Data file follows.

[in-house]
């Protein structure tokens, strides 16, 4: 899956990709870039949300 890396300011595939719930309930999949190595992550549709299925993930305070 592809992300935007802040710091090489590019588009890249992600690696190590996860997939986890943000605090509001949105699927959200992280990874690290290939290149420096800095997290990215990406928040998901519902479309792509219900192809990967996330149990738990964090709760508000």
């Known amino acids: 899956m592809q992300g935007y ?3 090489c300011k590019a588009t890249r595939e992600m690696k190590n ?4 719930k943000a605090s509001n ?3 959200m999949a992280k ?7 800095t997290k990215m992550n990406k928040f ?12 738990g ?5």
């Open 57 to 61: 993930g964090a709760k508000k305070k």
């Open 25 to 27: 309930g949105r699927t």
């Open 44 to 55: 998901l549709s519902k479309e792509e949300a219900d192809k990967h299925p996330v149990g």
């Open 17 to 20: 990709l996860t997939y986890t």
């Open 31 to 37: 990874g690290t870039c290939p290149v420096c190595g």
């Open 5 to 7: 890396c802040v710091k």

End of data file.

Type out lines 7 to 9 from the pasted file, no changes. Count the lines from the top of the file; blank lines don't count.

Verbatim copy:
């Open 17 to 20: 990709l996860t997939y986890t």
């Open 31 to 37: 990874g690290t870039c290939p290149v420096c190595g």
């Open 5 to 7: 890396c802040v710091k």